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The Better Way To Browse The Web

Over the weekend I read an article with a good premise that was just totally wrong about the conclusion, even though it was about a Mac application I know and love and use.

Use Pocket? If you read something online, Pocket is a wonderful way to ensure that whatever you capture online can be read on any device wherever you are and at any time. Pocket is free so what’s not to like?

Browse vs. Capture

Hayden Nanders, writing in Nylon, lamented the passing of Google Reader a few years ago because that’s the application he used to read everything online. Google killed Reader but Hayden could not find peace in any of the alternatives (some of which are better than the original; more on that in a moment).

Reader had a good run but Pocket is not a good replacement bit is a good add-on. Here’s why.

Pocket, previously known as Read It Later, is an application and service for managing a reading list of articles from the Internet… The application allows the user to save an article or web page to remote servers for later reading. The article is then sent to the user’s Pocket list (synced to all of their devices) for offline reading. Pocket removes clutter from articles and allows the user to adjust text settings for easier reading.

That description explains why Pocket is popular and why I use Pocket, too. What pocket does not do is what Google Reader did and what many other RSS news readers do better– find articles worthy of reading.

Here’s an example.

On iPhone and iPad I use Apple’s own News app and Flipboard app because both aggregate news articles from many sources, and while I can influence those sources I cannot easily control them. In iOS the Share button allows me to save an article in News or Flipboard (or websites and other applications) into Pocket. Good, right? And it couldn’t be much easier. Tap the Share button, select Pocket, and it gets saved into Pocket, then synchronized to Pocket on other devices.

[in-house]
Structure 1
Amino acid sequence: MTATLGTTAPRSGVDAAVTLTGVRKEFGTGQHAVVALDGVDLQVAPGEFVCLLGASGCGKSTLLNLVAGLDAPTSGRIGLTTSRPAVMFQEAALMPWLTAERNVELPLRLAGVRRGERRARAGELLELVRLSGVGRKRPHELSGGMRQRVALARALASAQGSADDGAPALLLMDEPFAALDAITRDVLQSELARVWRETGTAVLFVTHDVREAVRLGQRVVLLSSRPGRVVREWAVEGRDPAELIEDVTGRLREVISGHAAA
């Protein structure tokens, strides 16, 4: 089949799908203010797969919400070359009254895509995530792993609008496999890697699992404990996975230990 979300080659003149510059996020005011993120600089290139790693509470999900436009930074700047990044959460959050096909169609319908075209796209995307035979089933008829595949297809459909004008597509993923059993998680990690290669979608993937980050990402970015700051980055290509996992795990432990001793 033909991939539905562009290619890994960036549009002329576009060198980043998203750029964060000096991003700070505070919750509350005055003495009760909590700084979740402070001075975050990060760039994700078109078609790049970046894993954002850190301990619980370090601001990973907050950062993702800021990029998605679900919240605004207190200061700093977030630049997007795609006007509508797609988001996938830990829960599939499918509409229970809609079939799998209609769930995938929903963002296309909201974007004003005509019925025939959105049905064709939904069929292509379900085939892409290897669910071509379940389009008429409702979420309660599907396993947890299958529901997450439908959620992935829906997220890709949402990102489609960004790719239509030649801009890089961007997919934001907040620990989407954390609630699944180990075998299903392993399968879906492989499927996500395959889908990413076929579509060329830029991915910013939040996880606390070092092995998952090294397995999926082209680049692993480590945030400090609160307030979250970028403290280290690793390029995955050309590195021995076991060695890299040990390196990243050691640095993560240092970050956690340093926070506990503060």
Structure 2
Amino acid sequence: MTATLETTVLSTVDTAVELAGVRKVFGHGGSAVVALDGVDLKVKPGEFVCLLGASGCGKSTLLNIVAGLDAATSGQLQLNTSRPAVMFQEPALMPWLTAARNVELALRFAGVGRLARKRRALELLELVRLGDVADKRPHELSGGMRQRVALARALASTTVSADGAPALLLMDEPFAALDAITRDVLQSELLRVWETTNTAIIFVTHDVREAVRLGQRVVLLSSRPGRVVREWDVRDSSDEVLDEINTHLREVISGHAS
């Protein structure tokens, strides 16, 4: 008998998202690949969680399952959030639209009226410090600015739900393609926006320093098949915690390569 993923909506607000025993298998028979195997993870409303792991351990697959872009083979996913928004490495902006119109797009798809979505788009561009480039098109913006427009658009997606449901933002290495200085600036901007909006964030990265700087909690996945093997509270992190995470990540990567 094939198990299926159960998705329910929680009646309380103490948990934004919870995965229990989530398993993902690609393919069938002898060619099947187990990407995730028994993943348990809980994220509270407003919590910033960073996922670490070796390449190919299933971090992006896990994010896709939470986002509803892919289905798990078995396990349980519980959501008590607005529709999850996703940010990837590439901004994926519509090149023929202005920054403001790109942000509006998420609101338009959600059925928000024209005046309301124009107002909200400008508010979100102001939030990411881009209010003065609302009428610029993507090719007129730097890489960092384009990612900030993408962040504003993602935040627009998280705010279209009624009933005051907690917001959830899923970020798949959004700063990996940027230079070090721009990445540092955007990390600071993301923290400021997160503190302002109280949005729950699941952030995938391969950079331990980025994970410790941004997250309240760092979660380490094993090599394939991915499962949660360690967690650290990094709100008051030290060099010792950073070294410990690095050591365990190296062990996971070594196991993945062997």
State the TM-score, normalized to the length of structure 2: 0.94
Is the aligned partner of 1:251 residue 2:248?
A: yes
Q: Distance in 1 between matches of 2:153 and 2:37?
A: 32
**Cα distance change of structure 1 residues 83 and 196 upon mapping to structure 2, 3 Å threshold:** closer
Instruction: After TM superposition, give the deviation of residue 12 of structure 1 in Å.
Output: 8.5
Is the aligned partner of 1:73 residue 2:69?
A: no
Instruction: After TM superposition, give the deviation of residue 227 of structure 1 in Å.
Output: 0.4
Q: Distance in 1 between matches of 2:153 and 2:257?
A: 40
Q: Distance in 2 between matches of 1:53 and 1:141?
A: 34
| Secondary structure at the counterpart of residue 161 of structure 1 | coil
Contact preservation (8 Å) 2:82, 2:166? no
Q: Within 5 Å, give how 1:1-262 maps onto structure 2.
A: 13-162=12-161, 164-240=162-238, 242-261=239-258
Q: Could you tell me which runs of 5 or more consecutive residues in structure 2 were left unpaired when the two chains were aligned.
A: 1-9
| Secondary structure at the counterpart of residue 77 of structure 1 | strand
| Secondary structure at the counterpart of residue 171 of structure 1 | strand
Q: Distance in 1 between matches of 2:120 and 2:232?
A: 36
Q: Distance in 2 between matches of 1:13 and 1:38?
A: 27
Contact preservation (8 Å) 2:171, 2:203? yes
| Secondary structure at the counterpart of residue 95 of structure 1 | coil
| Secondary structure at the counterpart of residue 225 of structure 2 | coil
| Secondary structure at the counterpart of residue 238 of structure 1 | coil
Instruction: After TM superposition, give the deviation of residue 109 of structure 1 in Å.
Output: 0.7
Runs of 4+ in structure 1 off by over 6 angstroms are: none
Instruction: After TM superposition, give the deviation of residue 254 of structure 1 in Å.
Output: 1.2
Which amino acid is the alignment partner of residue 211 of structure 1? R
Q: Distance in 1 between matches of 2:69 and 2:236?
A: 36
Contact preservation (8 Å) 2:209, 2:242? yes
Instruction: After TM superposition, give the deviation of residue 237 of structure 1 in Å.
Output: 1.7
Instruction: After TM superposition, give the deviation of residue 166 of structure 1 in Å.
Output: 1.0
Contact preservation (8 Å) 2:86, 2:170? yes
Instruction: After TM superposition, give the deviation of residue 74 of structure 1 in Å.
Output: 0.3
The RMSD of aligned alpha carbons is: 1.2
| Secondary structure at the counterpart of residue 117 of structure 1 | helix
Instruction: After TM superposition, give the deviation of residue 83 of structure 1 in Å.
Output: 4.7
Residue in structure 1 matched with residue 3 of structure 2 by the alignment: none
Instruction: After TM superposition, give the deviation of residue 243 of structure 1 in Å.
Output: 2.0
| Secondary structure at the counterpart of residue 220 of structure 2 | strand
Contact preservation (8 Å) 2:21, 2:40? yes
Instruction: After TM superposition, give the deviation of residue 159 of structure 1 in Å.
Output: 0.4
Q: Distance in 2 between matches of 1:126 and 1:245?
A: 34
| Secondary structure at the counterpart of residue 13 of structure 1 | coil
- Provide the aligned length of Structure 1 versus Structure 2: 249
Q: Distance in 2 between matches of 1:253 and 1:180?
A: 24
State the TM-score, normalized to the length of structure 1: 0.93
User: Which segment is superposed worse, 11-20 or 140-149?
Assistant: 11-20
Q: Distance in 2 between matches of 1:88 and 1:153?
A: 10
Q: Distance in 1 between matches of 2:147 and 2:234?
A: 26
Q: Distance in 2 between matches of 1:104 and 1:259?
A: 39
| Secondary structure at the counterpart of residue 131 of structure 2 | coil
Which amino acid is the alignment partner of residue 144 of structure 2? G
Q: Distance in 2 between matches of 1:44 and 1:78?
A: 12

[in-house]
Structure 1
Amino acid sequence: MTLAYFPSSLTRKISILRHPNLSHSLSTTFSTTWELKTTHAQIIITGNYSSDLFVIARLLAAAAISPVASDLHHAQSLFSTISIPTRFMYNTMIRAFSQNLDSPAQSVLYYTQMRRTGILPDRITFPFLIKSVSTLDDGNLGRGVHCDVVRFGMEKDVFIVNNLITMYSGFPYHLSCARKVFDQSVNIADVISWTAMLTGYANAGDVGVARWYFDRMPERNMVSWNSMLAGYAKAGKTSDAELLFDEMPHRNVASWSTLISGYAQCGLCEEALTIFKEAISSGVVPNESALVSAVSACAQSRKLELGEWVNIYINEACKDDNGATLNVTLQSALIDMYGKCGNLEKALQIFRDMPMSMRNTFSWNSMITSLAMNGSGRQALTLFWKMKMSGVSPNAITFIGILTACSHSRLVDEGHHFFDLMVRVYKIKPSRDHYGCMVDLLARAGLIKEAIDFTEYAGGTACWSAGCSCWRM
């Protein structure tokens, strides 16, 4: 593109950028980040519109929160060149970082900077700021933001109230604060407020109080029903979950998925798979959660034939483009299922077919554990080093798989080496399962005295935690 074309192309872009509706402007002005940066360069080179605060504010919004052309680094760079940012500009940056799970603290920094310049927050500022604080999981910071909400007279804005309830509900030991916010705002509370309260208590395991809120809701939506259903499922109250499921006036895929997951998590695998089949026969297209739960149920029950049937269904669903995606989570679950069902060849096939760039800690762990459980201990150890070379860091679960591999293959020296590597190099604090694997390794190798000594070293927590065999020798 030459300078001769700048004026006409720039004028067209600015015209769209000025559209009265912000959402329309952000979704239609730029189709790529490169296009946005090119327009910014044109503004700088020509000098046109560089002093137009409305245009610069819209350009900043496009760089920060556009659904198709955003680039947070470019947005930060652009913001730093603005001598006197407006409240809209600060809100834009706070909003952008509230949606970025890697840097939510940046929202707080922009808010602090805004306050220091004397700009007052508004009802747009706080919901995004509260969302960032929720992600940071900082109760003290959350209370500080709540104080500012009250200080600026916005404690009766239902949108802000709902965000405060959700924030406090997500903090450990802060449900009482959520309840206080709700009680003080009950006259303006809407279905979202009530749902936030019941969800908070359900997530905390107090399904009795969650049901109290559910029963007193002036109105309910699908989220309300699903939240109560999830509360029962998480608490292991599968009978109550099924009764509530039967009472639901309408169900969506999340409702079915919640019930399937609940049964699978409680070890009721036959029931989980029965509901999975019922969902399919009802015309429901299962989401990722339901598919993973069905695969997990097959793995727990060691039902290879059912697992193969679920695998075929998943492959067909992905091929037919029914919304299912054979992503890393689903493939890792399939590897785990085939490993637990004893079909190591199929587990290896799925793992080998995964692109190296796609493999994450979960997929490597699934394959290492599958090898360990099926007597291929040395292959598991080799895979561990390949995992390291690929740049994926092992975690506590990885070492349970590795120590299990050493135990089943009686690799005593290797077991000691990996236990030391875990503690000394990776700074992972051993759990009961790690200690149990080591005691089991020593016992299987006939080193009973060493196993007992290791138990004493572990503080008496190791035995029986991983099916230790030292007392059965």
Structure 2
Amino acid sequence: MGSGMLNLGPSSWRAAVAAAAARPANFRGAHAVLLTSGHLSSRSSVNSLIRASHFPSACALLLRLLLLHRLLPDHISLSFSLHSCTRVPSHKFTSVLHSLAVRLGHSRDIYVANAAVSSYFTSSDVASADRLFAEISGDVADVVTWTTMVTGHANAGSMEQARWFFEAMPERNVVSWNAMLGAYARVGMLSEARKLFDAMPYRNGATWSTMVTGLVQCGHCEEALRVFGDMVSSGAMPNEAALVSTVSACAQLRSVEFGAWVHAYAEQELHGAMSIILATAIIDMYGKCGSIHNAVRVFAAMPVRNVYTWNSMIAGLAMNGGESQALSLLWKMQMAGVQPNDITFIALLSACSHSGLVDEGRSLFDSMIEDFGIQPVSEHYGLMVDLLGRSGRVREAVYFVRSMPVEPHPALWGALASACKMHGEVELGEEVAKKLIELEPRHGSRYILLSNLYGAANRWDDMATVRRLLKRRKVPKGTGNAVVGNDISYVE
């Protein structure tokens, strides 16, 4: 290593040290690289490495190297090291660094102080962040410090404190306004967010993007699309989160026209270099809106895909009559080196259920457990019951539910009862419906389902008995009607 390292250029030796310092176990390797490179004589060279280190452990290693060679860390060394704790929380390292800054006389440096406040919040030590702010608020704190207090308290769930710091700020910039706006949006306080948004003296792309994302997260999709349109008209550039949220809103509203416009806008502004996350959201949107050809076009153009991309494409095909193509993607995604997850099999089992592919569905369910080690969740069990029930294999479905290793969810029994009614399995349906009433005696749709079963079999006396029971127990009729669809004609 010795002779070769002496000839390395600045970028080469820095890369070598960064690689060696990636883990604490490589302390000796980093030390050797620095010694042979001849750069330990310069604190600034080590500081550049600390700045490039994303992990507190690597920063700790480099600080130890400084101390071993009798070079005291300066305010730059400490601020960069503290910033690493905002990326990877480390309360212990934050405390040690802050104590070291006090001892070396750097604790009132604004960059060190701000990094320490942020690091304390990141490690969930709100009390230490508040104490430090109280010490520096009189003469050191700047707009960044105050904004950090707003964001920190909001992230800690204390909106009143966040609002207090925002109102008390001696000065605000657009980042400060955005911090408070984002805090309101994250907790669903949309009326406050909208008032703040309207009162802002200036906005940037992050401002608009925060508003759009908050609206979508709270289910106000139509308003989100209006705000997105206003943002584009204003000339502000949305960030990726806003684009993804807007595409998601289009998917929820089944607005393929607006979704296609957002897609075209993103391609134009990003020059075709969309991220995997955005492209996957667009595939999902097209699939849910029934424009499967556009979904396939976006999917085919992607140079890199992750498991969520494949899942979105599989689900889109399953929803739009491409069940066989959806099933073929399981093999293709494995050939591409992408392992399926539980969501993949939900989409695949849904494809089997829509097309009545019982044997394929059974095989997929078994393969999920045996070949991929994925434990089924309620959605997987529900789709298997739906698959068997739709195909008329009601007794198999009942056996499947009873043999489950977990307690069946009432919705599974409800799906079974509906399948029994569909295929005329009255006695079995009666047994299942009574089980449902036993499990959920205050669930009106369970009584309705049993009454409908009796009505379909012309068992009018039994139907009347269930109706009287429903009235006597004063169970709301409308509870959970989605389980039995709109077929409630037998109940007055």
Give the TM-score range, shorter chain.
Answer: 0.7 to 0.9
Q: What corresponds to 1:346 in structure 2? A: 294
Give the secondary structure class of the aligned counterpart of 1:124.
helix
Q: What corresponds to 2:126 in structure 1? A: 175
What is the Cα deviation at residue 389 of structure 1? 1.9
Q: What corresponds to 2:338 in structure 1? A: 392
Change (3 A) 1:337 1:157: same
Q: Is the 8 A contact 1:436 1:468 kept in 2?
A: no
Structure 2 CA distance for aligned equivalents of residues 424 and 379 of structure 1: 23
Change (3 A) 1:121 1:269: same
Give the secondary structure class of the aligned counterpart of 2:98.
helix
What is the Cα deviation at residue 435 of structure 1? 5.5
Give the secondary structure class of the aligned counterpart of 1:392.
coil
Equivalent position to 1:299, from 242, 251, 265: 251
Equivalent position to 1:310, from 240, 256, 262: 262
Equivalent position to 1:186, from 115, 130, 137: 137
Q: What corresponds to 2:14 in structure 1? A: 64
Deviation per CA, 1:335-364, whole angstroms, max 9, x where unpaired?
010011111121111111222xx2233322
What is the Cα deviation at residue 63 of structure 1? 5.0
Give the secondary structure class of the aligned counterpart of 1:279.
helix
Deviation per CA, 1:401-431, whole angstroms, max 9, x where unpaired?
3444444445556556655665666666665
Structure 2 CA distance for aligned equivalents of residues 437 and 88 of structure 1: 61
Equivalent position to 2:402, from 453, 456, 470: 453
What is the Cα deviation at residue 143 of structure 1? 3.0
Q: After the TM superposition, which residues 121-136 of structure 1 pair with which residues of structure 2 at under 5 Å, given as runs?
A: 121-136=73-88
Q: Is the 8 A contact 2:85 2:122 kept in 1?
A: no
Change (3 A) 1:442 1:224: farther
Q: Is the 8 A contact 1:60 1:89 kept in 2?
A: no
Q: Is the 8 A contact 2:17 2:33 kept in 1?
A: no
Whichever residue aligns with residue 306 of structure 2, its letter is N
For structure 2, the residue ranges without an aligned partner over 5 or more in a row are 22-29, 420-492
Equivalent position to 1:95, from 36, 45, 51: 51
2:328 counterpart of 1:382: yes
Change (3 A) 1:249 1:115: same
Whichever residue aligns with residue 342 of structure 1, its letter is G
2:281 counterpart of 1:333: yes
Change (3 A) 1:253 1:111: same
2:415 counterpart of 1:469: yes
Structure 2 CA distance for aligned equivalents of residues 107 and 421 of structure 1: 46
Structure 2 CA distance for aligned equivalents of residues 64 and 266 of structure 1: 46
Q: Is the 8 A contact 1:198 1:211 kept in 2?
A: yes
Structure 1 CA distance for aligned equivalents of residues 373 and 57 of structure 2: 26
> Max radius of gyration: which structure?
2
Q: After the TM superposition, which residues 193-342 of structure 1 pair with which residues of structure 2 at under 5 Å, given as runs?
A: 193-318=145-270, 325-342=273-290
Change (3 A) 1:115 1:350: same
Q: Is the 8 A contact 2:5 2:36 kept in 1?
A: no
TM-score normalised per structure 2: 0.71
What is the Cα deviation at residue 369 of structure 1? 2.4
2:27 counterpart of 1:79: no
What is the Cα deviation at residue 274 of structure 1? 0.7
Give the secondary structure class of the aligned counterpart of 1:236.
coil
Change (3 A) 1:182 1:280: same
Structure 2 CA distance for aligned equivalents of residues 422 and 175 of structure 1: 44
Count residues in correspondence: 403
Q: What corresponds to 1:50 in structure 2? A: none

What’s missing is the ability to grab news from sources that I want to gather articles. That’s where an RSS news reader comes in and why it can be as valuable, more valuable, and yet integrate with Pocket. What I use to aggregate my specific sources of information online is News Explorer; available on Mac, iPhone, iPad, Watch, and Apple TV.

Look familiar?

News Explorer for Mac

Unlike Pocket, which only captures news articles from sources you’re already reading, News Explorer allows you to capture and create those sources. Nearly every website these days has an RSS subscription feed which News Explorer uses to download to your Mac (or, iPhone, iPad, Apple TV) to review at your leisure. How it works is drop dead simple.

Go to a website you like and use News Explorer to grab the RSS URL. From then on News Explorer downloads recent articles; headlines and summary. That efficiency means you can browse through hundreds of articles in minutes, from dozens of websites that you choose. They can be categorized and organized to your liking, too.

Cool, right? Check this:

News Explorer

News Explorer gives you the same Sharing options in macOS and iOS. Find an article you want to save to read later, click the Share button, select how to save it– Pocket shows up if you have Pocket on your Mac or iPhone or iPad– and the article is saved and available to be read later. News Explorer also has options to save to Safari’s Reading List, Instapaper, and other options.

You can also use News Explorer to sync your RSS subscription list between devices. Pocket is great. Instapaper is great. Even Reading List in Safari is great. But all require you to find the articles you want to save for later and nothing does that better than an RSS news reader, of which News Explorer is tops on my list.



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